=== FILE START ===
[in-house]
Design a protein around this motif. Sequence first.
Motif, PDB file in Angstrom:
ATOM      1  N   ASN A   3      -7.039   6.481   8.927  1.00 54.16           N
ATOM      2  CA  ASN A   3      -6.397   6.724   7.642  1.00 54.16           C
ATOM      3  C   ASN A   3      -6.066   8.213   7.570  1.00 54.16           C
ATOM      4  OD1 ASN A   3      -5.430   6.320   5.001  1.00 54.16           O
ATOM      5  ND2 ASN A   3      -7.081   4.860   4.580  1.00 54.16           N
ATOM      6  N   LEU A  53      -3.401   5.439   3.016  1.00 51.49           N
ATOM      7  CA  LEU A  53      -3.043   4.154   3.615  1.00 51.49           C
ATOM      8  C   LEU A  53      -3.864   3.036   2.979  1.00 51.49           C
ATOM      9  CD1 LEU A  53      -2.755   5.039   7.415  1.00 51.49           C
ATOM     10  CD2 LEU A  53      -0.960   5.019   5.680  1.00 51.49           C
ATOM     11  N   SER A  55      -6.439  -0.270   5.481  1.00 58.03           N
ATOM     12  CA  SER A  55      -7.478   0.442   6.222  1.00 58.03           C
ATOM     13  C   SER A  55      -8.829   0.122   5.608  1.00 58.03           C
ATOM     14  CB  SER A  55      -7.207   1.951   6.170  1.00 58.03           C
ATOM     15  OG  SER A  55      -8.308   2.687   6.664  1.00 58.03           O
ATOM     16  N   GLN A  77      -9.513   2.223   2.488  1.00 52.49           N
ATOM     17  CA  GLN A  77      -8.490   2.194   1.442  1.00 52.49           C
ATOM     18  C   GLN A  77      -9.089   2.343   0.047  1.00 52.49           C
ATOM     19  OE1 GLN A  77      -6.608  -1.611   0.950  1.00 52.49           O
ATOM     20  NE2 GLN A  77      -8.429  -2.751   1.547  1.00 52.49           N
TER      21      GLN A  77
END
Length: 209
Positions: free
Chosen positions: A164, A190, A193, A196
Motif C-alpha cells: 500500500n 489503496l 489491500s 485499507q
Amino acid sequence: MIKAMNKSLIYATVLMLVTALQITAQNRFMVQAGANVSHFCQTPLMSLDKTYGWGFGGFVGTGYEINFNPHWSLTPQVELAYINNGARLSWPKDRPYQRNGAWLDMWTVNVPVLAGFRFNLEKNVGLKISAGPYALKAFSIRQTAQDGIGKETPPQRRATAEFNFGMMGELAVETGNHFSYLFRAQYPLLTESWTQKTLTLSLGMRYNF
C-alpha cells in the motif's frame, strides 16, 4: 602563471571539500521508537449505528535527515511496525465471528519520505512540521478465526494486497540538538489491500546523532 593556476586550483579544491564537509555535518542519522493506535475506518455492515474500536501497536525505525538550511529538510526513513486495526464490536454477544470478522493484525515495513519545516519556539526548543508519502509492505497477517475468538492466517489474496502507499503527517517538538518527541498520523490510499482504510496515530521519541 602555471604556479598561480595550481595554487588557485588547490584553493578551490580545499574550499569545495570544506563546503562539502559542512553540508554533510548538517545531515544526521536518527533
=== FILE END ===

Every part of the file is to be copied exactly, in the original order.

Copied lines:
[in-house]
Design a protein around this motif. Sequence first.
Motif, PDB file in Angstrom:
ATOM      1  N   ASN A   3      -7.039   6.481   8.927  1.00 54.16           N
ATOM      2  CA  ASN A   3      -6.397   6.724   7.642  1.00 54.16           C
ATOM      3  C   ASN A   3      -6.066   8.213   7.570  1.00 54.16           C
ATOM      4  OD1 ASN A   3      -5.430   6.320   5.001  1.00 54.16           O
ATOM      5  ND2 ASN A   3      -7.081   4.860   4.580  1.00 54.16           N
ATOM      6  N   LEU A  53      -3.401   5.439   3.016  1.00 51.49           N
ATOM      7  CA  LEU A  53      -3.043   4.154   3.615  1.00 51.49           C
ATOM      8  C   LEU A  53      -3.864   3.036   2.979  1.00 51.49           C
ATOM      9  CD1 LEU A  53      -2.755   5.039   7.415  1.00 51.49           C
ATOM     10  CD2 LEU A  53      -0.960   5.019   5.680  1.00 51.49           C
ATOM     11  N   SER A  55      -6.439  -0.270   5.481  1.00 58.03           N
ATOM     12  CA  SER A  55      -7.478   0.442   6.222  1.00 58.03           C
ATOM     13  C   SER A  55      -8.829   0.122   5.608  1.00 58.03           C
ATOM     14  CB  SER A  55      -7.207   1.951   6.170  1.00 58.03           C
ATOM     15  OG  SER A  55      -8.308   2.687   6.664  1.00 58.03           O
ATOM     16  N   GLN A  77      -9.513   2.223   2.488  1.00 52.49           N
ATOM     17  CA  GLN A  77      -8.490   2.194   1.442  1.00 52.49           C
ATOM     18  C   GLN A  77      -9.089   2.343   0.047  1.00 52.49           C
ATOM     19  OE1 GLN A  77      -6.608  -1.611   0.950  1.00 52.49           O
ATOM     20  NE2 GLN A  77      -8.429  -2.751   1.547  1.00 52.49           N
TER      21      GLN A  77
END
Length: 209
Positions: free
Chosen positions: A164, A190, A193, A196
Motif C-alpha cells: 500500500n 489503496l 489491500s 485499507q
Amino acid sequence: MIKAMNKSLIYATVLMLVTALQITAQNRFMVQAGANVSHFCQTPLMSLDKTYGWGFGGFVGTGYEINFNPHWSLTPQVELAYINNGARLSWPKDRPYQRNGAWLDMWTVNVPVLAGFRFNLEKNVGLKISAGPYALKAFSIRQTAQDGIGKETPPQRRATAEFNFGMMGELAVETGNHFSYLFRAQYPLLTESWTQKTLTLSLGMRYNF
C-alpha cells in the motif's frame, strides 16, 4: 602563471571539500521508537449505528535527515511496525465471528519520505512540521478465526494486497540538538489491500546523532 593556476586550483579544491564537509555535518542519522493506535475506518455492515474500536501497536525505525538550511529538510526513513486495526464490536454477544470478522493484525515495513519545516519556539526548543508519502509492505497477517475468538492466517489474496502507499503527517517538538518527541498520523490510499482504510496515530521519541 602555471604556479598561480595550481595554487588557485588547490584553493578551490580545499574550499569545495570544506563546503562539502559542512553540508554533510548538517545531515544526521536518527533